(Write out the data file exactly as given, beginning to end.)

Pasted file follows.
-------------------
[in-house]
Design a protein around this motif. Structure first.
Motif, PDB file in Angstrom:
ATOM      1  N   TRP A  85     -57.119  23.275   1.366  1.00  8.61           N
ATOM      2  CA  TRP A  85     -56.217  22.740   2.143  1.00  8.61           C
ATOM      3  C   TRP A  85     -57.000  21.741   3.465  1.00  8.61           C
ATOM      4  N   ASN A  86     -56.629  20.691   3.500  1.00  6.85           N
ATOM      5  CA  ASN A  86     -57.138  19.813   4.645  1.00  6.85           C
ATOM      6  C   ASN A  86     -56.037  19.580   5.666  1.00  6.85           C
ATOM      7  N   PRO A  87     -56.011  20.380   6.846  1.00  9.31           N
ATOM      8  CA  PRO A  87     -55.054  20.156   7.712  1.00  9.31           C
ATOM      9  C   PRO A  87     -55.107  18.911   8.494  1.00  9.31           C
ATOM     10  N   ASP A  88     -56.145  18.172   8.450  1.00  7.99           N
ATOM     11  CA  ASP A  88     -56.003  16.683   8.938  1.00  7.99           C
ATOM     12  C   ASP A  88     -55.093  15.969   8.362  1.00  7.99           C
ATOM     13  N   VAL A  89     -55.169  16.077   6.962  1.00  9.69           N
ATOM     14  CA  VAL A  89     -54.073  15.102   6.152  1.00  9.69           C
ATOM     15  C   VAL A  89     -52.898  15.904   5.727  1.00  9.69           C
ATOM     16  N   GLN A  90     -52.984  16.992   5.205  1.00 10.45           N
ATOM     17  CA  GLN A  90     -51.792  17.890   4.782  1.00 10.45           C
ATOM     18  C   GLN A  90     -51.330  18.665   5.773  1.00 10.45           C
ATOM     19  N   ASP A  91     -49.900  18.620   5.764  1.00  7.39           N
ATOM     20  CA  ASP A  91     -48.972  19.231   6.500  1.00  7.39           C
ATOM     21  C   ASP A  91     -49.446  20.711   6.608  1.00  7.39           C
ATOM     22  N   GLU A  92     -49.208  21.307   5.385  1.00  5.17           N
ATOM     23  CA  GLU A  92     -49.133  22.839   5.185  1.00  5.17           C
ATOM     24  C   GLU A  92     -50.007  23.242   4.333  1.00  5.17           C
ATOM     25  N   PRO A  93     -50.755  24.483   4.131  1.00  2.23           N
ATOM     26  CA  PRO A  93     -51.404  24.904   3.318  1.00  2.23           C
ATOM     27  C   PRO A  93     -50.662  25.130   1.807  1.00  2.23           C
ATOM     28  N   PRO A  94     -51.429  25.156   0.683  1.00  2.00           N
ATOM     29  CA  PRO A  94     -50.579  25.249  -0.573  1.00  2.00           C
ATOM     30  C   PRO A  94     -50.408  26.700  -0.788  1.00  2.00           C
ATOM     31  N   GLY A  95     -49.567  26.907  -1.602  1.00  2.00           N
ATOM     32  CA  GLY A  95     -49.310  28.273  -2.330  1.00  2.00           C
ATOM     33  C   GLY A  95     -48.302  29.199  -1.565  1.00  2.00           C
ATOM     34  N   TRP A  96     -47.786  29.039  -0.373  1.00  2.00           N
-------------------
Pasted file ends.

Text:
[in-house]
Design a protein around this motif. Structure first.
Motif, PDB file in Angstrom:
ATOM      1  N   TRP A  85     -57.119  23.275   1.366  1.00  8.61           N
ATOM      2  CA  TRP A  85     -56.217  22.740   2.143  1.00  8.61           C
ATOM      3  C   TRP A  85     -57.000  21.741   3.465  1.00  8.61           C
ATOM      4  N   ASN A  86     -56.629  20.691   3.500  1.00  6.85           N
ATOM      5  CA  ASN A  86     -57.138  19.813   4.645  1.00  6.85           C
ATOM      6  C   ASN A  86     -56.037  19.580   5.666  1.00  6.85           C
ATOM      7  N   PRO A  87     -56.011  20.380   6.846  1.00  9.31           N
ATOM      8  CA  PRO A  87     -55.054  20.156   7.712  1.00  9.31           C
ATOM      9  C   PRO A  87     -55.107  18.911   8.494  1.00  9.31           C
ATOM     10  N   ASP A  88     -56.145  18.172   8.450  1.00  7.99           N
ATOM     11  CA  ASP A  88     -56.003  16.683   8.938  1.00  7.99           C
ATOM     12  C   ASP A  88     -55.093  15.969   8.362  1.00  7.99           C
ATOM     13  N   VAL A  89     -55.169  16.077   6.962  1.00  9.69           N
ATOM     14  CA  VAL A  89     -54.073  15.102   6.152  1.00  9.69           C
ATOM     15  C   VAL A  89     -52.898  15.904   5.727  1.00  9.69           C
ATOM     16  N   GLN A  90     -52.984  16.992   5.205  1.00 10.45           N
ATOM     17  CA  GLN A  90     -51.792  17.890   4.782  1.00 10.45           C
ATOM     18  C   GLN A  90     -51.330  18.665   5.773  1.00 10.45           C
ATOM     19  N   ASP A  91     -49.900  18.620   5.764  1.00  7.39           N
ATOM     20  CA  ASP A  91     -48.972  19.231   6.500  1.00  7.39           C
ATOM     21  C   ASP A  91     -49.446  20.711   6.608  1.00  7.39           C
ATOM     22  N   GLU A  92     -49.208  21.307   5.385  1.00  5.17           N
ATOM     23  CA  GLU A  92     -49.133  22.839   5.185  1.00  5.17           C
ATOM     24  C   GLU A  92     -50.007  23.242   4.333  1.00  5.17           C
ATOM     25  N   PRO A  93     -50.755  24.483   4.131  1.00  2.23           N
ATOM     26  CA  PRO A  93     -51.404  24.904   3.318  1.00  2.23           C
ATOM     27  C   PRO A  93     -50.662  25.130   1.807  1.00  2.23           C
ATOM     28  N   PRO A  94     -51.429  25.156   0.683  1.00  2.00           N
ATOM     29  CA  PRO A  94     -50.579  25.249  -0.573  1.00  2.00           C
ATOM     30  C   PRO A  94     -50.408  26.700  -0.788  1.00  2.00           C
ATOM     31  N   GLY A  95     -49.567  26.907  -1.602  1.00  2.00           N
ATOM     32  CA  GLY A  95     -49.310  28.273  -2.330  1.00  2.00           C
ATOM     33  C   GLY A  95     -48.302  29.199  -1.565  1.00  2.00           C
ATOM     34  N   TRP A  96     -47.786  29.039  -0.373  1.00  2.00           N